The marriage of Mr. Morrow and Miss Katie Rhea, a native of Nebraska, was consummated in Heppner on December 16, 1885 and to their happy union have been born the following children: Hazel, Jackson Lee and two that have died. He is affiliated with the A. F. & A. M., the K. of P. and the B. P. O. E., being especially popular in all these orders because of his geniality and excellent social qualities.

from "History of Umatilla and Morrow Counties - 1902"

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SILAS A. WRIGHT—In the course of the compilation of this volume, purporting to give the chronicles of Morrow county, it now becomes our pleasant duty to epitomize the career of the estimable and influential citizen, Silas A. Wright, one of the most capable and prominent men of this section, having wrought here with commendable energy and enterprise for about one-third of a century, maintaining, meanwhile, a high sense of honor, and manifesting a rare executive ability and keen foresight, while his integrity and probity, with stanch principles of sterling worth, have shone brightly throughout.

He was born on May 15, 1853, in Nebraska, to Albert and Julia A. (Berry) Wright, while enroute across the plains to this state. An emigrant wagon was his birth chamber and from that day to this he has been a sturdy pioneer and leader of civilization. His parents were natives of New York state, his father being of English and his mother of German extraction. Their first settlement in the bounds of Oregon was in Clackamas County, about eight miles from Oregon City, where they remained, operating as agriculturists for nineteen years. Here our subject received his educational training and passed the.years of his minority. In 1872 the entire family removed to what is now Morrow county and took up government land, Silas A., however, purchasing land in Gilliam County. There he engaged in stock-raising for a number of years, and then changed the ranch into the headquarters for the sheep business, which he entered upon in company with his brother, George E. Wright, continuing there until 1883, when he bought his present estate of two thousand acres, ten and one-half miles southwest from Heppner on Rhea creek. Here he operates about two thousand head of sheep. On his Gilliam county place he and his brother handle four thousand head and own two thousand acres of land. He handles some cattle and horses and raises a great deal of hay and other produce.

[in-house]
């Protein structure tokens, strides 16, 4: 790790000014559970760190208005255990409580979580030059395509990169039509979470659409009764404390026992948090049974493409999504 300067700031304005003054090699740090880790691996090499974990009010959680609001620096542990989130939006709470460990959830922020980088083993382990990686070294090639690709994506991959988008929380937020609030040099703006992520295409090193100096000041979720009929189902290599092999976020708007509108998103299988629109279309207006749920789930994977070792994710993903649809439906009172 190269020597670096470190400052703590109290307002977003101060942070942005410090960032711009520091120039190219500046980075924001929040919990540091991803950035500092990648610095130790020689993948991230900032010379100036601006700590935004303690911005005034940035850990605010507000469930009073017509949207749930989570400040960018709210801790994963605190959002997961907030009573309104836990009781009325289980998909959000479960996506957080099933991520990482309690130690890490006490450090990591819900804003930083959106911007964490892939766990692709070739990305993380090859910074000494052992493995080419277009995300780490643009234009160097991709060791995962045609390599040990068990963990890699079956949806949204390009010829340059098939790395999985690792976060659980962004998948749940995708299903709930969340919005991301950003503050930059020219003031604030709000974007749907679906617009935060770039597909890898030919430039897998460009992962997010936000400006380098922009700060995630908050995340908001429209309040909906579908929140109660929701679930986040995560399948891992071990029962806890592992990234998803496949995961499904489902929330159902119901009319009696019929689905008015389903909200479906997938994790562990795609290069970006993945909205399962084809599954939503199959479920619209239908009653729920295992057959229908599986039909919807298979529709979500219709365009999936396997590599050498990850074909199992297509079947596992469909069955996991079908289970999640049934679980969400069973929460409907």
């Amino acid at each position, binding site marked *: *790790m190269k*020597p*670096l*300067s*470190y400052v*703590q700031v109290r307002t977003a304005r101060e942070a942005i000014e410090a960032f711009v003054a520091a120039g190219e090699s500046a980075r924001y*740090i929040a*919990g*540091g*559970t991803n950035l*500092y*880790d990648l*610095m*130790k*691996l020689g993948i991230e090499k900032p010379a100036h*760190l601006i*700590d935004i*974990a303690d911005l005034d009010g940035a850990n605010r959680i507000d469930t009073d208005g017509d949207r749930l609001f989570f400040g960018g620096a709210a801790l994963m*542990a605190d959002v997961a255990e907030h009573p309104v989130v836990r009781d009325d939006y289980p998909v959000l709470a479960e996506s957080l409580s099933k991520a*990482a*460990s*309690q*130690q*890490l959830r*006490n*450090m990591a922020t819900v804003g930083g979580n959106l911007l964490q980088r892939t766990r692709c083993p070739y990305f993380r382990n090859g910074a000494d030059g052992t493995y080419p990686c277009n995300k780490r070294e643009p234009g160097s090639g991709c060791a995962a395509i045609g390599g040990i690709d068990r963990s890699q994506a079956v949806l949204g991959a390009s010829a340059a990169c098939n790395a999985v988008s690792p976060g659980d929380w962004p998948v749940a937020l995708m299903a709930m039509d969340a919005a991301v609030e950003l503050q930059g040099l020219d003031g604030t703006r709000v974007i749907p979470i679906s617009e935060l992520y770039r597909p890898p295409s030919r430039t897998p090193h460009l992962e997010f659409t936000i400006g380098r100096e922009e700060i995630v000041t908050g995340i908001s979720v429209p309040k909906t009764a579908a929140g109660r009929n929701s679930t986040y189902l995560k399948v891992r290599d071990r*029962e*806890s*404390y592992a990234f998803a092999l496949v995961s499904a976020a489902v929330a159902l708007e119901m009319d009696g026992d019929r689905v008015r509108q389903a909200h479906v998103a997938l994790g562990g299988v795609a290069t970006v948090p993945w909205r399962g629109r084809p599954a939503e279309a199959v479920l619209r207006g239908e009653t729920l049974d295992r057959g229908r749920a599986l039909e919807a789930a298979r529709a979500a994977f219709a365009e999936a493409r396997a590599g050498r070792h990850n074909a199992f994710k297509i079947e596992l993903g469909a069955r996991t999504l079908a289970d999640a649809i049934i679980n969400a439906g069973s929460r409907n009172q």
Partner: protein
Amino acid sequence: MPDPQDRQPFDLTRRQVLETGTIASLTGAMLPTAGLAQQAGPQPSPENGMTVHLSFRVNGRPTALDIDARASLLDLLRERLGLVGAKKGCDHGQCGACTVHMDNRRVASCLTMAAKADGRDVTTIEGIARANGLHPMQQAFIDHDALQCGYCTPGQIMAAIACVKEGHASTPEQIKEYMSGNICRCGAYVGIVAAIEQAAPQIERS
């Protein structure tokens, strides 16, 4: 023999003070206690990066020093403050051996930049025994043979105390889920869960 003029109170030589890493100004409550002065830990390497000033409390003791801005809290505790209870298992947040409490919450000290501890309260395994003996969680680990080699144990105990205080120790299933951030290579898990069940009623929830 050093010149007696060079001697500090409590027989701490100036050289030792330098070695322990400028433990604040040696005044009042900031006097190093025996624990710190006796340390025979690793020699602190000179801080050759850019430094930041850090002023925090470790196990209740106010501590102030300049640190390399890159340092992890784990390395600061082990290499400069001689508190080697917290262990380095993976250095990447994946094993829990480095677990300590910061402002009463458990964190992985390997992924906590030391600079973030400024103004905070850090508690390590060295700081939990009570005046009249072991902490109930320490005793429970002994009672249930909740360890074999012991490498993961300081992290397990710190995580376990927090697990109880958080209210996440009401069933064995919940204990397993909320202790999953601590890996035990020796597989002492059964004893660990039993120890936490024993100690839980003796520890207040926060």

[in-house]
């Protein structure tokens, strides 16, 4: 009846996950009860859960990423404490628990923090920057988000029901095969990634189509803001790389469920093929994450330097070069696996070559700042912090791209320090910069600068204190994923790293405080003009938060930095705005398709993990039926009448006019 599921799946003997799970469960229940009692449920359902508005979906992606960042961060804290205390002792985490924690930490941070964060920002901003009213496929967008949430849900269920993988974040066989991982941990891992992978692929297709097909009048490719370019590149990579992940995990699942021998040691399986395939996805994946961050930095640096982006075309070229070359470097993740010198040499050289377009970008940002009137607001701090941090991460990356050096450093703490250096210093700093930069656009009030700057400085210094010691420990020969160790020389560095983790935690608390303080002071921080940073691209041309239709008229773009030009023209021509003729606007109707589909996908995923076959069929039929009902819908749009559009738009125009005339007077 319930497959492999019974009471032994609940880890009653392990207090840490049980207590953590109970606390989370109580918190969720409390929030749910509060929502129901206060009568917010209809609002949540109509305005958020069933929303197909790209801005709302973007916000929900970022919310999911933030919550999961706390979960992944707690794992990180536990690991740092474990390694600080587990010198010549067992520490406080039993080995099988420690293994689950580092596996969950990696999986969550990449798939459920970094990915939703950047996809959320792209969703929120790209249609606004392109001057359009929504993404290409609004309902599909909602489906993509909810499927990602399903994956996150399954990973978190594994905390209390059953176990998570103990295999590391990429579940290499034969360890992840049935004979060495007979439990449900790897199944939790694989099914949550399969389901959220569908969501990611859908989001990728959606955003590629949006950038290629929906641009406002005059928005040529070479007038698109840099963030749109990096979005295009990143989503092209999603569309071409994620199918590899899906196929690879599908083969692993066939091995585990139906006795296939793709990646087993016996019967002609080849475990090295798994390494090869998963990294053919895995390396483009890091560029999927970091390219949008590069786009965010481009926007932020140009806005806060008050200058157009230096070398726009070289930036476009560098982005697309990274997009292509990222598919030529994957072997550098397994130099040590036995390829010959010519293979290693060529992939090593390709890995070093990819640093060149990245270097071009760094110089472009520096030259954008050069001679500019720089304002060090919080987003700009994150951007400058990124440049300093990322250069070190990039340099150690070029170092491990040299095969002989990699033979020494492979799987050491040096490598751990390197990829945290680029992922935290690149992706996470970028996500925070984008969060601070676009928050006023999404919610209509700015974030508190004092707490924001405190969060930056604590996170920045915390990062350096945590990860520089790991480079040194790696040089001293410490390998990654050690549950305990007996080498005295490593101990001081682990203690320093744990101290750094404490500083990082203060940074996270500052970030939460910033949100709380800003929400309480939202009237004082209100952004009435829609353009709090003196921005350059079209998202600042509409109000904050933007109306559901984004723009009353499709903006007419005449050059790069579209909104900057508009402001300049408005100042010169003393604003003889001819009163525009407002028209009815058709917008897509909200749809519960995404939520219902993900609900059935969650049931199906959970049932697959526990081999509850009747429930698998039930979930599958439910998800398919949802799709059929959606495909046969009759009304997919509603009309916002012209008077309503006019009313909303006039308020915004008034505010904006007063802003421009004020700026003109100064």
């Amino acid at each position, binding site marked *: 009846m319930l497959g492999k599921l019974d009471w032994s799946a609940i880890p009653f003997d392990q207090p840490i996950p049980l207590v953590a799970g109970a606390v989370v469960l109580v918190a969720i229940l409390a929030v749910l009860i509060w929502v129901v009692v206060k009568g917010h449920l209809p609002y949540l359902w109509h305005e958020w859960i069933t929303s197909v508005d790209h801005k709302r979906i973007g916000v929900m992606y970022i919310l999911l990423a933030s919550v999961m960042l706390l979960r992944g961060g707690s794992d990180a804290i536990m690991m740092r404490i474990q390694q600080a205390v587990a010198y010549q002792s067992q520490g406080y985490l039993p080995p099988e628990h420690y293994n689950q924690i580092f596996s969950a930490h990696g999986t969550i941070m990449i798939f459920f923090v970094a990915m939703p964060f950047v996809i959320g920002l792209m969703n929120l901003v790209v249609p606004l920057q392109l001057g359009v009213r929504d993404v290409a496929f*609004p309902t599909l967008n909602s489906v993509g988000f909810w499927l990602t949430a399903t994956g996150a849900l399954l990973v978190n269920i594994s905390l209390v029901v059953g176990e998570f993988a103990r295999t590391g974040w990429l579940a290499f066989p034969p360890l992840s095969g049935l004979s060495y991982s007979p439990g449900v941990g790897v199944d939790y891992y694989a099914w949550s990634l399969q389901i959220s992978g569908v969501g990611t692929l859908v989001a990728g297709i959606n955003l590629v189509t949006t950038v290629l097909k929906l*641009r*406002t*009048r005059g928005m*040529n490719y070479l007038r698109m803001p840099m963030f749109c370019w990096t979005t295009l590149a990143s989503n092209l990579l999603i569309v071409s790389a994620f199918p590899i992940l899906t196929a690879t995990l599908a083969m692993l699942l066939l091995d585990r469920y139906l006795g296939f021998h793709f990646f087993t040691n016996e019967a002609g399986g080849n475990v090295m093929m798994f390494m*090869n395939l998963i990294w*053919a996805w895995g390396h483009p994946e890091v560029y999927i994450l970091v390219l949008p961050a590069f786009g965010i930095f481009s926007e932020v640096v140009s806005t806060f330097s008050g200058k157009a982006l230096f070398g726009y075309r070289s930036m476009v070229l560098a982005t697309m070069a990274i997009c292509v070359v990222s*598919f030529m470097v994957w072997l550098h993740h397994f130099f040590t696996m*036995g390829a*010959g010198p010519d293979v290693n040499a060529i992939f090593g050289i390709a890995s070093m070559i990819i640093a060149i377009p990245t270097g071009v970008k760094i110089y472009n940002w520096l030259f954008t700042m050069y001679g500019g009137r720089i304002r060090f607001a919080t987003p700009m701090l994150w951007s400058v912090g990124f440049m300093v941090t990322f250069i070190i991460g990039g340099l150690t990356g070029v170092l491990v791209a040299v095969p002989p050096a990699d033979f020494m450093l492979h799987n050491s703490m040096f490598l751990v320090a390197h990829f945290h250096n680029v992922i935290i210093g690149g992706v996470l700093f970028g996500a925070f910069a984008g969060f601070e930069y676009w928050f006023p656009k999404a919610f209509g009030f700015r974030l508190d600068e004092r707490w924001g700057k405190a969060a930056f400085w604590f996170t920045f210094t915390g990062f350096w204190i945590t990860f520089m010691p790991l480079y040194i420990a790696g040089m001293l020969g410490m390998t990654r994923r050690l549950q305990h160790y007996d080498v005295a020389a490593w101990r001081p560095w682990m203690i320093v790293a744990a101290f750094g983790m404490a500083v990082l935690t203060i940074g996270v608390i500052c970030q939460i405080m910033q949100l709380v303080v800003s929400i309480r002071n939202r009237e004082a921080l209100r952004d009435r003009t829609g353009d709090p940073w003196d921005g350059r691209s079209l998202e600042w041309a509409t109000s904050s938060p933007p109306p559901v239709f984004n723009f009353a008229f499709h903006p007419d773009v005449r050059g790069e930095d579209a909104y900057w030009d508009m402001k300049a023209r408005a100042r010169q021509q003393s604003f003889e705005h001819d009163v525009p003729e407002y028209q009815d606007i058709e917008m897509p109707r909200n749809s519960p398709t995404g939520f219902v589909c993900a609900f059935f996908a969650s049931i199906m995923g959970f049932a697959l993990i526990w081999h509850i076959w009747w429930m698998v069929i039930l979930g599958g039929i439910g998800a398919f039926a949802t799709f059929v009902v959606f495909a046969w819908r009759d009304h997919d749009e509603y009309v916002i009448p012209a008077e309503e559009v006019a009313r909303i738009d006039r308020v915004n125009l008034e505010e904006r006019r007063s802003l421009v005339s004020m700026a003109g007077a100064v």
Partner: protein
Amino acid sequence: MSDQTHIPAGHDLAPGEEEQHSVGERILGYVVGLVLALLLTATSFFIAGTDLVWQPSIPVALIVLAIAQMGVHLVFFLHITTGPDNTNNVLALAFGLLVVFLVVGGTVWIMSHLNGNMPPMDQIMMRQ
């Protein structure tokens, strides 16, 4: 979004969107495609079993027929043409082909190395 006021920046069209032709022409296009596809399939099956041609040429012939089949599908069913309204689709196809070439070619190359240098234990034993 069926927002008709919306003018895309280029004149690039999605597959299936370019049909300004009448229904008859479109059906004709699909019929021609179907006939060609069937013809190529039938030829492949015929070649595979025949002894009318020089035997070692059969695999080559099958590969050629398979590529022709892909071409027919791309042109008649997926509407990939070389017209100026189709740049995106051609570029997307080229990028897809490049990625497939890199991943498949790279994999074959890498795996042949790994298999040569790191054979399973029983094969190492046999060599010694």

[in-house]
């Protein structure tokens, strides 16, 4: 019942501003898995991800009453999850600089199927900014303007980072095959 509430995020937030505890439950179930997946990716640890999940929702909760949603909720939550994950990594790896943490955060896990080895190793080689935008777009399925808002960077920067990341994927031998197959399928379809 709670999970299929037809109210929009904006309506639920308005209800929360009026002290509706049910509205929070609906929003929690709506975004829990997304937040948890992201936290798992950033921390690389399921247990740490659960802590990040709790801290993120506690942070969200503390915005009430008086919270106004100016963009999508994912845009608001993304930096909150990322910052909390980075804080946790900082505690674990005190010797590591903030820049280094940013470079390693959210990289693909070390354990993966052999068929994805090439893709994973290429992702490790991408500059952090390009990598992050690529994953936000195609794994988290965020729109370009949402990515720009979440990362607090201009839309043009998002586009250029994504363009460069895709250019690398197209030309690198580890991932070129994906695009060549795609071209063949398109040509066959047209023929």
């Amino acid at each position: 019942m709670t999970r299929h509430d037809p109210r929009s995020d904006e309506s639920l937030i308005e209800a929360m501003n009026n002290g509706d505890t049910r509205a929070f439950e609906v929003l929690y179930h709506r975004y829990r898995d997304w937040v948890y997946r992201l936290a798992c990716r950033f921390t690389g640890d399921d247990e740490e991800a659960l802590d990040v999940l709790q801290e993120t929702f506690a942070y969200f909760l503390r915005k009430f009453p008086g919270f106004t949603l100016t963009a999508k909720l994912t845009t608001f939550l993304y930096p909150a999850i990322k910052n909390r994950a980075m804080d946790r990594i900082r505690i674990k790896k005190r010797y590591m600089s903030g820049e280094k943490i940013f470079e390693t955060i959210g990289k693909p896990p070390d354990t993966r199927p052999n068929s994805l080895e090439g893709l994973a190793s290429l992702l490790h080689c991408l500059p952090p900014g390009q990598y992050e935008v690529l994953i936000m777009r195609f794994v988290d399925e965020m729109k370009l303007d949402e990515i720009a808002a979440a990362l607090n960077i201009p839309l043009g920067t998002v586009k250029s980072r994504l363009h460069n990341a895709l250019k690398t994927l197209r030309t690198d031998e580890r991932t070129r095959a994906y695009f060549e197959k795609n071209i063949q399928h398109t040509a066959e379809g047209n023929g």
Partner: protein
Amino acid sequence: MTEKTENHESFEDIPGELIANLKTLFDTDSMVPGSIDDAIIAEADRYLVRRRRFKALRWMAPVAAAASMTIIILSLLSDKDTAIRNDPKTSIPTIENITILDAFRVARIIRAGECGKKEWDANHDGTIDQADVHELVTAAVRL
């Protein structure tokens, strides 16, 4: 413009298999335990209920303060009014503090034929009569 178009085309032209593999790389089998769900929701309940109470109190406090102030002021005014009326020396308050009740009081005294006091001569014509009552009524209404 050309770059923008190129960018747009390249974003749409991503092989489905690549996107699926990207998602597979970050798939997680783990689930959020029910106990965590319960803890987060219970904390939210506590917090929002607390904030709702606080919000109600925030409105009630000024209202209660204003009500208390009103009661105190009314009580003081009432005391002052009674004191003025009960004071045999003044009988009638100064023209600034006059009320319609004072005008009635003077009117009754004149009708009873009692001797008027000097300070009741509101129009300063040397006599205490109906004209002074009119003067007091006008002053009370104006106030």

His marriage occurred in this county on February 27, 1884, Miss Martha, daughter of Moses and Mary (Titsworth) Cantwell, old pioneers of the state, becoming his becoming his bride at that time. They have eight children: Alonzo, Pearl M., Moses A., Sidney D., Elmer O., Silas D., and two that died in infancy. Mr. Wright is very influential in the affairs of the county, having always taken an active part and ever laboring for those measures calculated to advance the interests of all and standing for men of both ability and integrity to discharge the public trusts, while his own career has been dominated with wisdom and his reputation is unsullied.

from "History of Umatilla and Morrow Counties - 1902"
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R. A. NICHOLS—It is always a pleasure see men succeed in any line of human activity, but especially is this true when the success is the well deserved meed of a young man’s effort. It is therefore with gratification that we here attempt to outline the brief career of the successful young merchant whose name forms the caption of this article.